...no reason to suppose that in this case, exceptionally, chemical reaction furnishes a character sufficient of itself to separate or constitute species.
Lindsay's conclusion is illogical for it avoids the issue. Nylander had said that the prime difference between perlata and olivetorum was the red reaction shown by the latter and that the two species could be confused morphologically. On that basis a logical conclusion would be that Lindsay had shown olivetorum to occur in Australia. If Nylander's approach were to be refuted it would have needed a more detailed and subtle argument about the way species were to be defined. In his very brief treatment of the olivetorum/perlata issue Lindsay is essentially dismissing chemistry a priori, rather than presenting any counter argument. Also, one may wonder what Lindsay was testing when he was using those samples of 'perlata' from Australia. Parmotrema perlatum (Nylander's Parmelia perlata) is common in many parts of Australia and a modern study of the Australian species of Parmotrema confirms that the Australian specimens of Parmotrema perlatum show no colour change with C. Cetrelia is largely a Northern Hemisphere genus but it is interesting to note that Cetrelia olivetorum (Nylander's Parmelia olivetorum) has been found in Australia, though very rarely. In theory it is therefore possible that Lindsay had samples of olivetorum, though probably unlikely given the extreme rarity of that species in Australia. Given that he reported a reaction with C and assuming that he did not have olivetorum, Lindsay must have tested some other species that had been misidentified as perlata.
Such misidentification was potentially a significant problem in correlating the results of chemical tests with species defined morphologically. Species descriptions of the time were often short and could be vague enough to allow two species to be confused. In such a case two people who, in all good faith, thought themselves describing chemical differences in the one species, would have been unknowingly dealing with two distinct species. It was a possibility that Nylander pointed to as a likely explanation for some of the supposed inconsistencies between his and Lindsay's findings and even before Lindsay's paper had appeared Nylander (in Leighton's translation) had warned of the problem:
The analyses of Lichens made by chemists often fail through the neglect of an exact determination of the species, and probably not less often by the mixture of specimens confused together and incorrectly assigned to one single species.
Nylander also wondered if Lindsay had used exactly the same reagents as, with at least one there was the possibility that Lindsay's recipe had been different to Nylander's.
The Finnish lichenologist has written, with regard to I, that "...different formulas and concentrations of iodine reagents have different staining properties...and Nylander only vaguely reported his procedure". It is also known that at times dried material, when rehydrated with water and then tested with I will give no reaction but dried material rehydrated with weak potassium hydroxide, washed with water and then treated with I will give a reaction. If chemical tests are to be used then the test reagents need to be standardised so that comparisons between the work of different people can be compared legitimately and such standardisation did develop later. Finally there was the issue of the quality of the reagent. Solutions incorporating bleaching powder had to be fairly fresh, a point emphasized by both Nylander and Lindsay.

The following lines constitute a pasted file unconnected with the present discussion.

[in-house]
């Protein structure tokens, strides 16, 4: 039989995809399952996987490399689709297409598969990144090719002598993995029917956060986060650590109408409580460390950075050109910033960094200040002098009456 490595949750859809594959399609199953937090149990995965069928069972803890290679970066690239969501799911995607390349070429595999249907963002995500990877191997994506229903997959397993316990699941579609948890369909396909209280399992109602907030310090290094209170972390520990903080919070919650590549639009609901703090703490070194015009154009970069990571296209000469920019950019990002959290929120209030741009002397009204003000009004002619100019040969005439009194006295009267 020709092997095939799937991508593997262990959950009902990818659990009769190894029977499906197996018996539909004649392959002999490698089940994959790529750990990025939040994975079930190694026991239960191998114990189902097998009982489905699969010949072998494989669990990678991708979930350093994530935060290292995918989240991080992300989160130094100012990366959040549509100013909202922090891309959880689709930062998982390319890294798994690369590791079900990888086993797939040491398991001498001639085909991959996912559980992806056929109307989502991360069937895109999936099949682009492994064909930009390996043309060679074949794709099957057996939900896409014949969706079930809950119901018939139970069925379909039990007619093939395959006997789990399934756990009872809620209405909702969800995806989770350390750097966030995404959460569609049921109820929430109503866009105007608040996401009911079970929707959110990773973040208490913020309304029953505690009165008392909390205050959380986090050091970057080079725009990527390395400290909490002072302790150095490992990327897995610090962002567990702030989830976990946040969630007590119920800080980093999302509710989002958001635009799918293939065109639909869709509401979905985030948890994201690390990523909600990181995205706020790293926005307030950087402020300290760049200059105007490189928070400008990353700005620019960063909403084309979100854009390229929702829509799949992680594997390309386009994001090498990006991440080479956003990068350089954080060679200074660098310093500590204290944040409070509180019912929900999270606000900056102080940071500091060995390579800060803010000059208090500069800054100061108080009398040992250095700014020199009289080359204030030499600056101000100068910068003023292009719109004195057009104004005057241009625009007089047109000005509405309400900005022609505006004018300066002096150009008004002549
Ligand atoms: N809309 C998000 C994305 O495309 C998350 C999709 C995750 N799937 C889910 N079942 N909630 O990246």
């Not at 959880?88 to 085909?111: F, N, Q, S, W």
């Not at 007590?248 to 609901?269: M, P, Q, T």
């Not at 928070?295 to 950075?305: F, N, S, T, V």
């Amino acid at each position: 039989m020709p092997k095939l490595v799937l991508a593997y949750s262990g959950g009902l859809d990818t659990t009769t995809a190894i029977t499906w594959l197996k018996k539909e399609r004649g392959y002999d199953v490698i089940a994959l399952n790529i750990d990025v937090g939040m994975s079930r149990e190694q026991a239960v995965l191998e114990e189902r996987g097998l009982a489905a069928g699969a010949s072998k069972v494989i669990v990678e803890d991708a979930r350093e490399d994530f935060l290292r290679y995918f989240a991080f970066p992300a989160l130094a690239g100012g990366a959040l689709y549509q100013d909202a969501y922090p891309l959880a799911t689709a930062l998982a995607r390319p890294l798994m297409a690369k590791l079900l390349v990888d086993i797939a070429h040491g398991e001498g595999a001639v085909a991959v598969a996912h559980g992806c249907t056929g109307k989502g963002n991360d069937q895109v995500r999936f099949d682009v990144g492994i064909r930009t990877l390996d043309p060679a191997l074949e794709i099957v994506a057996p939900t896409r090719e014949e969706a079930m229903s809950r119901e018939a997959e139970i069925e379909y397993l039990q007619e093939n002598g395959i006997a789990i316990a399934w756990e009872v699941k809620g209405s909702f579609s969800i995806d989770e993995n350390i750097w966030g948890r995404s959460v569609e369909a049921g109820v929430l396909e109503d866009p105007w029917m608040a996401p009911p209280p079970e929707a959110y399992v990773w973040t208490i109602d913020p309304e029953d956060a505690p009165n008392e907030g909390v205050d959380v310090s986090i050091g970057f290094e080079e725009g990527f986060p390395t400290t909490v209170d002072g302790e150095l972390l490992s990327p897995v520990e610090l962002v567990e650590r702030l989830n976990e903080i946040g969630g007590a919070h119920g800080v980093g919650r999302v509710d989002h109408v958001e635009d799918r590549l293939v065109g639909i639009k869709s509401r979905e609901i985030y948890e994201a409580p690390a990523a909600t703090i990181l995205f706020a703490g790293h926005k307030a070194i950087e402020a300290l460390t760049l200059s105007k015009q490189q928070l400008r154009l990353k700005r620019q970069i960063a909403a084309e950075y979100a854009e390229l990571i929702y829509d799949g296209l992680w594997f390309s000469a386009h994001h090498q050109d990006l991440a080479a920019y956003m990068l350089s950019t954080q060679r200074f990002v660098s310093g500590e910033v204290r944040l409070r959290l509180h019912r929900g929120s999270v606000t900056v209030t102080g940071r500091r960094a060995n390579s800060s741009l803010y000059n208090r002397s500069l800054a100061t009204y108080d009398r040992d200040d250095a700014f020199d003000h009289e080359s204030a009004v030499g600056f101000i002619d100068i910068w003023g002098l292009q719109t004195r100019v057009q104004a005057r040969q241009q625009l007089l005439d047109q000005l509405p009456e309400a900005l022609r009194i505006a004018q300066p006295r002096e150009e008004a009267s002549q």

It is interesting to read in Lindsay's 1869 paper that whenever he had obtained different results at different times from the same test on the same specimen (not just the same species):
This must have been due, apparently, to some trivial difference in the reagent or its application, or in the parts of the same thallus operated on. A difference in the degree of concentration or freshness of the reagent, or in the amount of friction employed, would account for all the discrepancies in the results obtained.
I will explain "friction" shortly. For the moment, Lindsay presumably meant his comments about "trivial differences" and so on as a dismissal of the utility of chemistry. On the other hand they implicitly suggest the need for a study into how, for example, different concentrations would affect the results.
It was common to use a glass rod to apply the reagent to the lichen but sometimes the reagent would not adhere to or be easily absorbed by the lichen, so requiring either repeated additions or a rubbing of the surface with the rod (i.e. friction) to help promote adherence and absorption. Nylander also wrote of a more precise method of applying a test reagent:
The instrument I use for applying the reagents is a goosequill sharpened into a point; with this I touch but a very small extent either of the cortical layer (or the apothecia) or of the medulla, observing at the same time the effects of the application through a magnifier.
It has also been pointed out that in some cases where Lindsay reported different reactions within the one species it was almost certain that he had effectively discovered different chemotypes of the one morphological species but without realising it.
The later history...
...is the subject of the CHEMISTRY AFTER THE 1860s page.
Lichen chemistry pages on this website